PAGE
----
If you calculate out the hours spent, versus my royalties on a $6 book (that’s roughly $2 I get per book sold), that means I have to sell at least 4 books just to make 1 hour’s pay, at minimum wage($8/hr). When you factor in that I spend, on average, 2,500 hours on each book, and calculate that out at minimum wage, it breaks down like this:

2,500 hrs x $8/hr = $20,000
(to break even just on time spent, at minimum wage)
+
200 pgs (average) x 4 printings (average) = 800 pages /500 pg per ream = 1.55 reams of paper x 3.64/ream = $5.47 paper cost (average)
+
0.67 cartridge ink (average) x 4 color (1,200 pages per cartridge) = Use of 2 2/3 cartridges (average) x $20/cartridge = $53.40 ink cost (average)
+
Notebooks, copies, pens, etc items usually come to about $50 per book, on average.

So, on average, that totals out to:
$20,000 + $5.47 + $53.40 + $50 = $20,108.87 on average for a book, and that’s just in production cost on my end (the writing), and assuming a publisher will pick up publication costs.

Now, remembering I will only be making (on average) $2 per book sold, just to break even, I’m going to have to sell 10,055 copies just to break even on writing one book… and that doesn’t include any advertising costs or other post-production expenses I’m expected to eat as an author.

You want to know what my average yearly income from writing is? About $30 (if I’m lucky).

Considering how much I have to fight torrent sites, it wouldn’t surprise me to learn I’m probably losing 10 times that amount to people stealing my work because they feel entitled to read it for free.

So… It takes a certain amount of dedication and drive to write a whole book (never mind a series or three), and the sacrifices. And everyone who devalues authors with “Oh, I could write a book if I wanted to” and “It’s not like it’s hard work” or “Well, authors make so much money, they can afford to lose the sale if I get it for free off a torrent site” are so full of crap, it’s coming out of their eyeballs.

Could you write a book?
Yeah, maybe you could. But you probably won’t. Because the minute most people realize how difficult and thankless it actually is, they give up. If you aren’t writing now, you probably don’t have the dedication and drive to do it for a career.

Is it hard work?
You bet your ass it is.

It’s grueling.

It’s time-consuming.

It’s hours and days and months of aggravation, missing out on things because your muse has you glued to a notebook or computer screen, writing away.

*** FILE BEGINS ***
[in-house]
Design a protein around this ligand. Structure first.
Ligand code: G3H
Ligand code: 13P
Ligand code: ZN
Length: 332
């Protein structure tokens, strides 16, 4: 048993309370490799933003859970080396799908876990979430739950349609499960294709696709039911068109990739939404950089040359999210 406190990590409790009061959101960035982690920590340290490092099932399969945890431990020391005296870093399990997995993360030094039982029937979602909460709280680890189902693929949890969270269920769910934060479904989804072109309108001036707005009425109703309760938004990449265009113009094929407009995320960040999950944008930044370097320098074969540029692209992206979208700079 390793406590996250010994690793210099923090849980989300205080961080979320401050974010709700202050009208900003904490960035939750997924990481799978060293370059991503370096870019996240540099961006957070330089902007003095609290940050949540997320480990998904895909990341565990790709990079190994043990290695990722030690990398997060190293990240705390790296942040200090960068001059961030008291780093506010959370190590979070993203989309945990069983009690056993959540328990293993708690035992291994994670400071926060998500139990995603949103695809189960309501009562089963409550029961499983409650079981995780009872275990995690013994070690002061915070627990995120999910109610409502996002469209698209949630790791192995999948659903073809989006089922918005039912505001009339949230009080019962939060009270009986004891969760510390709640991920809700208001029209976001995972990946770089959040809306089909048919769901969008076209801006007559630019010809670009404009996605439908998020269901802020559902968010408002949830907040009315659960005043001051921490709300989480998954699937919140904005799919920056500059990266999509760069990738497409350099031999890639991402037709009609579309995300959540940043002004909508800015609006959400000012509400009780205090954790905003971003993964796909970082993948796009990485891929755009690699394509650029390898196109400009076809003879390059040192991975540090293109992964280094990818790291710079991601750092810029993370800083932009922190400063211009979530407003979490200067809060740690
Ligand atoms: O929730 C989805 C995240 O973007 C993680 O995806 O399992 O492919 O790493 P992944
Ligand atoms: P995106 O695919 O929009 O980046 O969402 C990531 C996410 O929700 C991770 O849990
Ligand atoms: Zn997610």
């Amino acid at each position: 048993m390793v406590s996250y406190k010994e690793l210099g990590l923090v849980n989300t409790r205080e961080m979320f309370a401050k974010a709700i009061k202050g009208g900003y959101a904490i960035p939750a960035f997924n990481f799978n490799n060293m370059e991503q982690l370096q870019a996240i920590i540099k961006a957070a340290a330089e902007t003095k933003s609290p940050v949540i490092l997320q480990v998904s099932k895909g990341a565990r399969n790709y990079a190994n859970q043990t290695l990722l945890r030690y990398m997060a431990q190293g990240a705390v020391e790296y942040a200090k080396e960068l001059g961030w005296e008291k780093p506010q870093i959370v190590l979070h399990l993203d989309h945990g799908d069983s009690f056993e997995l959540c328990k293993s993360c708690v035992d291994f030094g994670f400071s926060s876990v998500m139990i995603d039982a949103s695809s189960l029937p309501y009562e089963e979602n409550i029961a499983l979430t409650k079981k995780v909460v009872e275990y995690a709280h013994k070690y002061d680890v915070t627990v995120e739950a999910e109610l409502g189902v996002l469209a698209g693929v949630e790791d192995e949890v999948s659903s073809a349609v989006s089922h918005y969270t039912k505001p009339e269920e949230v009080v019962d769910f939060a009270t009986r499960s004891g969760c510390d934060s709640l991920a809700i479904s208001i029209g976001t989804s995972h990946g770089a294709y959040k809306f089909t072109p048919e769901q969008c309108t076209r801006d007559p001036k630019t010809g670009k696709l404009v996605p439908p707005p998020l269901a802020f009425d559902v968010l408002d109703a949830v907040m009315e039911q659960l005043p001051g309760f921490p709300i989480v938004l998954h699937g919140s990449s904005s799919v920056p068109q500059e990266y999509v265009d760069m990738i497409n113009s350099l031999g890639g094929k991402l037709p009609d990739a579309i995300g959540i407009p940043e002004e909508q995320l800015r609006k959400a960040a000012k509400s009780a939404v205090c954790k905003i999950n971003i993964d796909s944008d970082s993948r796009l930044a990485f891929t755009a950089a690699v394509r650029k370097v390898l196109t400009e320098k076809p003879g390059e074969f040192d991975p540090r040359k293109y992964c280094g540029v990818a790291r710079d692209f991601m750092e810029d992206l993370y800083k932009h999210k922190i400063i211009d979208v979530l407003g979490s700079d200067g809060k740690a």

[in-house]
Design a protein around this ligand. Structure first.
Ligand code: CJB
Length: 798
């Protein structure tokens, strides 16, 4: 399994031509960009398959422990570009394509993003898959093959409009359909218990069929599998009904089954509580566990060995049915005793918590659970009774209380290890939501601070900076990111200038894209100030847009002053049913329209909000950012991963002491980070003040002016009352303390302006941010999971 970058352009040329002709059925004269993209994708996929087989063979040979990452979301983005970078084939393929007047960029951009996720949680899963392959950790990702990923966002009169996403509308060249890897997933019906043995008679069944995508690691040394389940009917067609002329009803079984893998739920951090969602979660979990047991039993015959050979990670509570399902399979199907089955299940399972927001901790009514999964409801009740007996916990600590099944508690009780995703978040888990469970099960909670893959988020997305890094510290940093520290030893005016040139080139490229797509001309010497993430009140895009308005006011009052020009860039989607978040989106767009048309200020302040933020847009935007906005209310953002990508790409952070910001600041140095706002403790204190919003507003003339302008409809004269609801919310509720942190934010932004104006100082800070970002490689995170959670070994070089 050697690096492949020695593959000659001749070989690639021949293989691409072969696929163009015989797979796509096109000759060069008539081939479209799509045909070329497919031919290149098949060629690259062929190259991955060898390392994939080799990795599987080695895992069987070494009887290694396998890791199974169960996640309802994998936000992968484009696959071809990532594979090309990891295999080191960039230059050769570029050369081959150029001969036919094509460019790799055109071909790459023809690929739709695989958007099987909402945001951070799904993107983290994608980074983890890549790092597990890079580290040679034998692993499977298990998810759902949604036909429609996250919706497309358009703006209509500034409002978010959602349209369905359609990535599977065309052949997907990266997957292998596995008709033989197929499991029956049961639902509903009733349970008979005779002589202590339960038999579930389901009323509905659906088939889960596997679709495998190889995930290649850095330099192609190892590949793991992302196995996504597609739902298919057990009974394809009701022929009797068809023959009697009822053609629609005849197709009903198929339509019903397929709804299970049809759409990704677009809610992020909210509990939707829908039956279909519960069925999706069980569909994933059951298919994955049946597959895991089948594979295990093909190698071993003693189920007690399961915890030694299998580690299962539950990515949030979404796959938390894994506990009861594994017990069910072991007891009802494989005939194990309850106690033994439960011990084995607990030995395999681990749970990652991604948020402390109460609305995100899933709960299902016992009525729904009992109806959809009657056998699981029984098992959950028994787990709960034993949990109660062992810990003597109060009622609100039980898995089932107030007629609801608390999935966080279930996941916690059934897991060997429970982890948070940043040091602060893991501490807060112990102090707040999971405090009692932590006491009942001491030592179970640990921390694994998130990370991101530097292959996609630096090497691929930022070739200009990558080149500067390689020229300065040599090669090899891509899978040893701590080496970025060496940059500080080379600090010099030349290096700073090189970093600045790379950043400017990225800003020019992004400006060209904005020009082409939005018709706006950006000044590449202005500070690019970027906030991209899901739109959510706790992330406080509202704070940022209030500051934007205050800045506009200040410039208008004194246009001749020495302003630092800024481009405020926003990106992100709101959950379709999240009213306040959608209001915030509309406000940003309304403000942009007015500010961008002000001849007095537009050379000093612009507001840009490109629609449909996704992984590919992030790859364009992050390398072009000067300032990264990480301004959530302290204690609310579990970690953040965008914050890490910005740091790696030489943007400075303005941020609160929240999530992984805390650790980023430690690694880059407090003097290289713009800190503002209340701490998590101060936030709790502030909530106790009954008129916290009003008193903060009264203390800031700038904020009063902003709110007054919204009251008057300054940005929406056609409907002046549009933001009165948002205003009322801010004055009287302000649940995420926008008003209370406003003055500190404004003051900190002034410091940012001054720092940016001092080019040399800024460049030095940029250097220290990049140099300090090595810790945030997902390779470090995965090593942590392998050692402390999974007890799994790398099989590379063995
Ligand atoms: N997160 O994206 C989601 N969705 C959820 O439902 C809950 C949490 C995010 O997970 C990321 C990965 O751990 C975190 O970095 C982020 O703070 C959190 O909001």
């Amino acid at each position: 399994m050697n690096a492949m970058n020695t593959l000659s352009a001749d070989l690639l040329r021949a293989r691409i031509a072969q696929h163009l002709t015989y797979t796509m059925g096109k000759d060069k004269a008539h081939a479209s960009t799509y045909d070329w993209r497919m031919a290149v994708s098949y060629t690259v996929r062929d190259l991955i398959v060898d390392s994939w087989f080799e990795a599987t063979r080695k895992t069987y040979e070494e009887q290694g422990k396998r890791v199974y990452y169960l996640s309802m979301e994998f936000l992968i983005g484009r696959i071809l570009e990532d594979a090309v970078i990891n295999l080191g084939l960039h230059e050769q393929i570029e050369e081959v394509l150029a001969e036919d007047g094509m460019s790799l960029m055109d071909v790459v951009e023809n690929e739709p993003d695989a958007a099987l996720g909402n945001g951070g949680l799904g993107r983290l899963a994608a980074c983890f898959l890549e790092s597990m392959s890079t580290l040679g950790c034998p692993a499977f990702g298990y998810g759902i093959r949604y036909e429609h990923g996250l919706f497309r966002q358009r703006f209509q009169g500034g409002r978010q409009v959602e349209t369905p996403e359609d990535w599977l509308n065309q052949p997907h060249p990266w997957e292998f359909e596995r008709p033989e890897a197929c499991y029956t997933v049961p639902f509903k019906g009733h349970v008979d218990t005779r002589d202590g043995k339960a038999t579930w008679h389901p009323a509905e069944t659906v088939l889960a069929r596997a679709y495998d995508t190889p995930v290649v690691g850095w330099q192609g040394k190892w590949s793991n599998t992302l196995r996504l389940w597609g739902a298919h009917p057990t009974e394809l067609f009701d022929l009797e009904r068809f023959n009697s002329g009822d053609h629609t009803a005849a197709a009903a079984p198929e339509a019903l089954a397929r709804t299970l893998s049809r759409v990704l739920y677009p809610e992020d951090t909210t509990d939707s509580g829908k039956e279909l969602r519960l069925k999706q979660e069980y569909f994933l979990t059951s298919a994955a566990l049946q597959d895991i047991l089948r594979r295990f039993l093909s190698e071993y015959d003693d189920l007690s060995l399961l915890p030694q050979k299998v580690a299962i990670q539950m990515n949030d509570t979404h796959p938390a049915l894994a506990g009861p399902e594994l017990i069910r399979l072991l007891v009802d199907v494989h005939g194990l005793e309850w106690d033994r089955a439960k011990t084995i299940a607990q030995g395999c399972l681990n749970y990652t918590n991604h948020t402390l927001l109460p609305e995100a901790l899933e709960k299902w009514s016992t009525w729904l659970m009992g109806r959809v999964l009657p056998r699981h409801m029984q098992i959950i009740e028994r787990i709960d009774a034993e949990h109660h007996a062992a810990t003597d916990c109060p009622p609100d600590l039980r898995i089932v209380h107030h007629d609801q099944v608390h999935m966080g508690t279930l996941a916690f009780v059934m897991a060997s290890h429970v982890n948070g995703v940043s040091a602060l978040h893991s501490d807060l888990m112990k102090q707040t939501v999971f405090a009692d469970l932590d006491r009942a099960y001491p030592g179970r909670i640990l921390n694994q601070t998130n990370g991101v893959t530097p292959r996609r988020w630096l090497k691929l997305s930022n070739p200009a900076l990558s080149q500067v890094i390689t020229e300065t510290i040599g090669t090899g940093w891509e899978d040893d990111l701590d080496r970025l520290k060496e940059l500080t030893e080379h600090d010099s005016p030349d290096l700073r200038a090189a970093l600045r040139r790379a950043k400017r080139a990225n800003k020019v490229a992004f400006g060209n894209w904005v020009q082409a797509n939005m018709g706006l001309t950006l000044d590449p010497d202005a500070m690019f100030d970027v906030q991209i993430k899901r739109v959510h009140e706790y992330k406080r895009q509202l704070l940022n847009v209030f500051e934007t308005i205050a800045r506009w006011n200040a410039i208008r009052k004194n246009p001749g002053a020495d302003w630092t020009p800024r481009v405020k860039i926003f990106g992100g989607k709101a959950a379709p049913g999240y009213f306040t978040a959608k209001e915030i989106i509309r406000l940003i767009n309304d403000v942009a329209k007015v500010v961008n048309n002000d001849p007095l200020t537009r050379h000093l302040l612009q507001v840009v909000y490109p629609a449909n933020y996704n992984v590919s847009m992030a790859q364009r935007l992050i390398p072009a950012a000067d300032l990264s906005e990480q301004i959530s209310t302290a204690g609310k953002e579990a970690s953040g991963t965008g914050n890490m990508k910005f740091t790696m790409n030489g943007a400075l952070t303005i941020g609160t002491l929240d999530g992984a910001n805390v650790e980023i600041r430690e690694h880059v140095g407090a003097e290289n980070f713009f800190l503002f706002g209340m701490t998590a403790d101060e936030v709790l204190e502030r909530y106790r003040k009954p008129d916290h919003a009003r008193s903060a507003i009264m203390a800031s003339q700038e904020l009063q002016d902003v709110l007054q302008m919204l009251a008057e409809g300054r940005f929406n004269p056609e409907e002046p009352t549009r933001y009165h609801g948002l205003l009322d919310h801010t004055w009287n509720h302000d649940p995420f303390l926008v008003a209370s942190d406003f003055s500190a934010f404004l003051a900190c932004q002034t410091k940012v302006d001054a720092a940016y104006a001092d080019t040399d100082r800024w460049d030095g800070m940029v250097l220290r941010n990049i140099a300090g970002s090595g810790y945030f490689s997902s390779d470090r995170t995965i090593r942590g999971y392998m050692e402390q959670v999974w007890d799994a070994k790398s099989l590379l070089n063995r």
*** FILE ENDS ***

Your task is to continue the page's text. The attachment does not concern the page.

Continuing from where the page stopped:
It’s heart-breaking at times, and exhilarating at others.

It’s 72 hours straight without sleep because you’re terrified if you stop, you’ll lose that brilliant idea that’s currently consuming you.

It’s ripping out your heart and soul and offering it up so some critic who’s having a bad day can make themselves feel better by stomping all over it, and then pasting on a smile and saying “Well, I learn from the bad reviews”… And days of bouncing off the walls with joy, and no one to share it with, when someone deems your hard work the best thing they ever read.

It’s a damned roller coaster of “I don’t know what to feel, right now” when you’re stuck between watching a love affair come together, and watching a life fall apart, right there on the page, and not being quite sure how either came to be, because they damned well weren’t in your outline, plot cards, or rough draft.

Can we afford to lose even one sale?
Not a snowball’s chance in Hell. We’ve bled for each and every sale, long before that book hits the shelves for sale. Writers are fragile creatures, and we base our self-worth on how worthwhile you, as the reader, consider us. Telling us “I want to read your book, but you’re not worth a measly $6 to read” tells us you think we, as a writer, are worthless… Many a good author has given up, discouraged, because they feel worthless in the eyes of their readers, because readers make the mistake of thinking every writer is the #1 Best Seller book, and making millions of dollars.

But you know how a book gets to that exalted position? People buy it.

So, unless you’re willing to buy, don’t call yourself a fan.

Books 01

An Author’s Life

~Esther Mitchell, 2016~

Yes, I’m an author.